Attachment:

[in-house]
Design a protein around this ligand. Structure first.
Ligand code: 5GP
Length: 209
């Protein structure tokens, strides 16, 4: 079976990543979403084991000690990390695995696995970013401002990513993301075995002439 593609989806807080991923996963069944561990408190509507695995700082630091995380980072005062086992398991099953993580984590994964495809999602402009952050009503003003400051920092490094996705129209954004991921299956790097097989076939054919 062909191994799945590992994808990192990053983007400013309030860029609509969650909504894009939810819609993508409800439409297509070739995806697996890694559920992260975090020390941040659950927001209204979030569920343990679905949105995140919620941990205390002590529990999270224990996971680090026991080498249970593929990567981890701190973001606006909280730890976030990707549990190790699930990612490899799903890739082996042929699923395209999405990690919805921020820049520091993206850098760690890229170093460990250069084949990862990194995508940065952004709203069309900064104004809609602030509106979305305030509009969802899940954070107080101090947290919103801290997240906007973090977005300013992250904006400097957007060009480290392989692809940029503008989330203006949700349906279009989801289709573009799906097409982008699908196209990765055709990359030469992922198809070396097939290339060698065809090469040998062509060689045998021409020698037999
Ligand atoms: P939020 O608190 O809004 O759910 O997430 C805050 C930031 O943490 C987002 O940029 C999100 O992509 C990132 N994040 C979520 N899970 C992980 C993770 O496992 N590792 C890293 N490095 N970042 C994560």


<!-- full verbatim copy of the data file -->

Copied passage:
[in-house]
Design a protein around this ligand. Structure first.
Ligand code: 5GP
Length: 209
């Protein structure tokens, strides 16, 4: 079976990543979403084991000690990390695995696995970013401002990513993301075995002439 593609989806807080991923996963069944561990408190509507695995700082630091995380980072005062086992398991099953993580984590994964495809999602402009952050009503003003400051920092490094996705129209954004991921299956790097097989076939054919 062909191994799945590992994808990192990053983007400013309030860029609509969650909504894009939810819609993508409800439409297509070739995806697996890694559920992260975090020390941040659950927001209204979030569920343990679905949105995140919620941990205390002590529990999270224990996971680090026991080498249970593929990567981890701190973001606006909280730890976030990707549990190790699930990612490899799903890739082996042929699923395209999405990690919805921020820049520091993206850098760690890229170093460990250069084949990862990194995508940065952004709203069309900064104004809609602030509106979305305030509009969802899940954070107080101090947290919103801290997240906007973090977005300013992250904006400097957007060009480290392989692809940029503008989330203006949700349906279009989801289709573009799906097409982008699908196209990765055709990359030469992922198809070396097939290339060698065809090469040998062509060689045998021409020698037999
Ligand atoms: P939020 O608190 O809004 O759910 O997430 C805050 C930031 O943490 C987002 O940029 C999100 O992509 C990132 N994040 C979520 N899970 C992980 C993770 O496992 N590792 C890293 N490095 N970042 C994560």